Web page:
Regional, cultural and socioeconomic variations of each city should be considered and are the most probable explanation for the different prevalence of AOB found in other studies. A survey undertaken in the Southeastern of Brazil found a prevalence of AOB of 7.9% among 1,069 preschool children from Belo Horizonte,4 whereas in São Paulo there was a prevalence of 22.4% among 309 children.3 In Southern Brazil, particularly in Pelotas, 46.3% of 359 children had AOB in primary dentition.19 In the Northeastern Brazil, particularly in Recife, 30.2% of 1,308 five-year-old children had AOB.10 Moreover, studies outside Brazil also demonstrate a range of different results, with a prevalence of AOB among preschool children varying from 13.0% in Italy to 50.0% in Sweden.5 , 8 In addition, racial characteristics may influence the occurrence of AOB. Thus, there was significant difference in the prevalence of malocclusion between Caucasian and Afro American children aged from 3 to 5 years old, with no differences between males and females.19 In the present study, the statistical significance found between prevalence of AOB and the region of children's residence can also be related to diverse racial, economic and sociodemographic characteristics in Brazil. The Brazilian population is one of the most diverse in the world, with bi or trihybrid miscegenation prevailing in some regions. The country is of continental extension; thus, its population reveals great complexity and diversity, especially in terms of physical and cultural characteristics. Although the present study did not investigate the racial composition of the Brazilian population, the Brazilian Census of 2010 demonstrates that racial characteristics, which were self-declared, among children between 0-14 years old considerably vary according to each region of Brazil.21 The Brazilian Census of 2010 also demonstrates that higher median income and lower illiteracy indices were seen in Midwestern, Southeastern and Southern Brazil, while lower median income and higher illiteracy indices were present in Northern and Northeastern Brazil.21 However, family income did not influence the occurrence of AOB. Therefore, differences in race and sociodemographic characteristics may influence the prevalence of malocclusion among the population.24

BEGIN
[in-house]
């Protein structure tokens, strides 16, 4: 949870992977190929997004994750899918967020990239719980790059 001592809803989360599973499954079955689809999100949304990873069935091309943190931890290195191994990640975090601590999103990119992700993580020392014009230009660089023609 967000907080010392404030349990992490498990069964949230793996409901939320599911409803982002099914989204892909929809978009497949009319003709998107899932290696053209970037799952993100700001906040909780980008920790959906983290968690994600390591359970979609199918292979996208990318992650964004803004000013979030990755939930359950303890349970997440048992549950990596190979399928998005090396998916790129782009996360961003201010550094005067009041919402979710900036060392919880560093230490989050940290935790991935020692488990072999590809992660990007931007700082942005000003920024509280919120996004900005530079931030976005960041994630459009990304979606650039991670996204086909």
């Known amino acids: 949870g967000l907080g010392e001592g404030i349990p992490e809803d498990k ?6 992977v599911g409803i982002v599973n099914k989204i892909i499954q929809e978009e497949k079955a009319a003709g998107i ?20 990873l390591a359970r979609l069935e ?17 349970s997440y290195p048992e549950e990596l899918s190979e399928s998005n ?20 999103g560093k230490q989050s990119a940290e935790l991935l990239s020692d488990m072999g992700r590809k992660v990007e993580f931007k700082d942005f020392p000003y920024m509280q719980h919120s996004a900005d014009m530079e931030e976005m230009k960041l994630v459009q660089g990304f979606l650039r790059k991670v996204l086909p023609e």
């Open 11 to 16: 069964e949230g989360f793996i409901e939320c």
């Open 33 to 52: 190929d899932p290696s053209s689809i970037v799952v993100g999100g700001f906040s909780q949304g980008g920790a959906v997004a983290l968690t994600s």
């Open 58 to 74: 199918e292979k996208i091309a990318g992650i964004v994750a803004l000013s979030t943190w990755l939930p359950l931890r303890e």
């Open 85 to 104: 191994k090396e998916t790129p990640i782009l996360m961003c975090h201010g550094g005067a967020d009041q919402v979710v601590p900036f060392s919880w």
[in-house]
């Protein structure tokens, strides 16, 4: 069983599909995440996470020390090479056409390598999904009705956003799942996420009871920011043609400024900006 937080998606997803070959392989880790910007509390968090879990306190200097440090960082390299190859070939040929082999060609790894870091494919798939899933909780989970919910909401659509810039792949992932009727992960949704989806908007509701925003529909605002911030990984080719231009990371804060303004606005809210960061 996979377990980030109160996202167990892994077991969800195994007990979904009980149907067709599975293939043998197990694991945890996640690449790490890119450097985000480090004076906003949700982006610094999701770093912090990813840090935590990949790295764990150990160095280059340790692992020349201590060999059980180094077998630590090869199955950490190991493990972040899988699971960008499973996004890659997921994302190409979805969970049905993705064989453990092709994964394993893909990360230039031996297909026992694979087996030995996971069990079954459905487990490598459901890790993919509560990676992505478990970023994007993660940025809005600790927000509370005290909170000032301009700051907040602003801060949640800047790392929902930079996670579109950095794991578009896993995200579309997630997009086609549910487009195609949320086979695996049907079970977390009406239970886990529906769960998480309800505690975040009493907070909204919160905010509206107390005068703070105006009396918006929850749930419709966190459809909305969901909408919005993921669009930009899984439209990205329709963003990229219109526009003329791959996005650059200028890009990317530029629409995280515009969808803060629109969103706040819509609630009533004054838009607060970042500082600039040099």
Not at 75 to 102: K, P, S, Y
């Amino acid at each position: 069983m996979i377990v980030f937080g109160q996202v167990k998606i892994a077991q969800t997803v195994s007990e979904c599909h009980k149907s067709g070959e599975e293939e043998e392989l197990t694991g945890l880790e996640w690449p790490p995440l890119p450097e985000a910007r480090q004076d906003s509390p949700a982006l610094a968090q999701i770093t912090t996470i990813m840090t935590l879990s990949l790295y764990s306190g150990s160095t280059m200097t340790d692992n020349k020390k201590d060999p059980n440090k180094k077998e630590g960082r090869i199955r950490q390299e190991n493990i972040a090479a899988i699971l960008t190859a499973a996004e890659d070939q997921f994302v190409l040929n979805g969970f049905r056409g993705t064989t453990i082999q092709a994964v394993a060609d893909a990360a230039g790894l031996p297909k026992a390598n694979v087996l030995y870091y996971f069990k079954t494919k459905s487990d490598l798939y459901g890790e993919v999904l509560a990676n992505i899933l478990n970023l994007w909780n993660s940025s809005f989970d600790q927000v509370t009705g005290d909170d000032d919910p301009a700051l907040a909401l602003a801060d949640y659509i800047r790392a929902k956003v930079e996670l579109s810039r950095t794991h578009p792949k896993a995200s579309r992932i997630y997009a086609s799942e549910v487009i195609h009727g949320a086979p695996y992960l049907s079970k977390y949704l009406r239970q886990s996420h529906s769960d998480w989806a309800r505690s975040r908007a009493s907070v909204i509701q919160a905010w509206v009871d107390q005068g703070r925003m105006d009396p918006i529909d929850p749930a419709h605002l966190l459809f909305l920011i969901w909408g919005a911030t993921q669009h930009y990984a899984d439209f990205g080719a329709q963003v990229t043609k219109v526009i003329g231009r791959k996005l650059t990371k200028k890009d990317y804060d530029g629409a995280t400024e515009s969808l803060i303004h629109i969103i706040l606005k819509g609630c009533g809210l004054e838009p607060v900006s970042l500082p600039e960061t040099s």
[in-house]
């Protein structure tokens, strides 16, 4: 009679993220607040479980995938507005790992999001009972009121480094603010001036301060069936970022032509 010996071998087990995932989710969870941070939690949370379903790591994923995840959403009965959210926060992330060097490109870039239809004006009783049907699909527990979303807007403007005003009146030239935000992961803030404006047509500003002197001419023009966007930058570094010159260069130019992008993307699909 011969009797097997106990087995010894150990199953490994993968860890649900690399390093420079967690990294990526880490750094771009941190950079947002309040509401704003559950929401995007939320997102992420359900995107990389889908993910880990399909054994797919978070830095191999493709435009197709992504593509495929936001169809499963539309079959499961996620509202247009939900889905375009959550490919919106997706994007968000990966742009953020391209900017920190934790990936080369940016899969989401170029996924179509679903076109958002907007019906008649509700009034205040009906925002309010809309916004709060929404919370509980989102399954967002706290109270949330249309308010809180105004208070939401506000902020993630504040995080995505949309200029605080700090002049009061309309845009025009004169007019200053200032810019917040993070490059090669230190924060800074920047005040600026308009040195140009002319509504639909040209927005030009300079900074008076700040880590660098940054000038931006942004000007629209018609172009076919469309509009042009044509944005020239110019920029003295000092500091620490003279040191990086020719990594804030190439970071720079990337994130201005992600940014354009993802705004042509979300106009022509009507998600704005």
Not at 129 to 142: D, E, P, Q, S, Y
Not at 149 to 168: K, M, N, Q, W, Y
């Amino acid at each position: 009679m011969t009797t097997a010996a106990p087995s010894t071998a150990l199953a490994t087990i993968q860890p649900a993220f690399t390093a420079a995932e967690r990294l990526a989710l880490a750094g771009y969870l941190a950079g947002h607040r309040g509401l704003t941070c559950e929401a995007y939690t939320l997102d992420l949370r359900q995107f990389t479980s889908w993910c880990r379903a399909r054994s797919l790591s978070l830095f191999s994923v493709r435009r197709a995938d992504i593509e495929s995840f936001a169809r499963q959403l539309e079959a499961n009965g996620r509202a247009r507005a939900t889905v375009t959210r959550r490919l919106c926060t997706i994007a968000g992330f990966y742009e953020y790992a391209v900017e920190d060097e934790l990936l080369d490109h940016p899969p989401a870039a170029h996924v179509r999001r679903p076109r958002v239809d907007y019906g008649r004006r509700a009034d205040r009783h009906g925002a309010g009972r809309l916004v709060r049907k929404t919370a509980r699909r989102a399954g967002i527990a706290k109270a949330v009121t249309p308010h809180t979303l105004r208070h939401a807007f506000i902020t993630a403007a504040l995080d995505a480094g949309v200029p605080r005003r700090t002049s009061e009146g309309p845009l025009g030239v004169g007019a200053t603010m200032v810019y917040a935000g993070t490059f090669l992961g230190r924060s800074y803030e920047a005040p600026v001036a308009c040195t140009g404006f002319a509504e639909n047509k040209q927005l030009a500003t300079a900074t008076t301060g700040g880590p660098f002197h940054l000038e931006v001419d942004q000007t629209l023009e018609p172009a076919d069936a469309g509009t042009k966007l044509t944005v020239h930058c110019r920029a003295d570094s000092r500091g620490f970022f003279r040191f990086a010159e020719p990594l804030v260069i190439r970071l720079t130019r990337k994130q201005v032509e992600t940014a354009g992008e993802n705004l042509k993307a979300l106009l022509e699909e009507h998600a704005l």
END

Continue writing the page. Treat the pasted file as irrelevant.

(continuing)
Preschool children identified with alterations in overjet (increased edge-to-edge bite or anterior crossbite) had greater chances of having AOB.5 , 23 - 26 Non-nutritive sucking habits and tongue posture are included as environmental factors.4 , 5 Such transversal and sagittal abnormalities, which share the same etiological factors, may be associated with AOB. Considering that AOB is directly related to non-nutritive sucking habits, the increased prevalence of malocclusion at a younger age can be associated with an increased incidence of this habit among younger children. A longitudinal study of 386 children (aged 3 years old at study onset and examined again at 7 years of age) performed in Sweden found that the prevalence of non-nutritive sucking habits decreased from 66.0% to 4.0% between 3 and 7 years of age, which might have influenced the reduction of AOB incidence from 50% to 10% at the age of seven.5 In addition, oral respiration may also significantly contribute to the etiology of dentofacial abnormalities in children during growth.28 Furthermore, a study of schoolchildren from Lithuania aged between 7 and 15 years old found a significant association between nasal obstruction and increased overjet, open bite and maxillary growth.27 A study performed among preschool children in Brazil showed that children who had the habit of sucking a pacifier after two years of age and those who were oral breathers had a greater chance of developing malocclusion.19 While the design of the present study is robust, some limitations should be observed. Data assessed the presence or absence of AOB without differentiating its extension, severity and dental or skeletal impairment. Other factors such as the presence of harmful habits, facial and respiratory patterns, which are etiological factors of this malocclusion, were not investigated either. This is most probably due to the comprehensive character of the other variables studied, as well as the need for collecting brief data because of the large sample comprising 5.622 children. Data provided, however, is an accurate indicator of the prevalence of AOB in the different regions of Brazil. Such data are important for the strategic planning of government programs aimed at prevention, interception and treatment of AOB.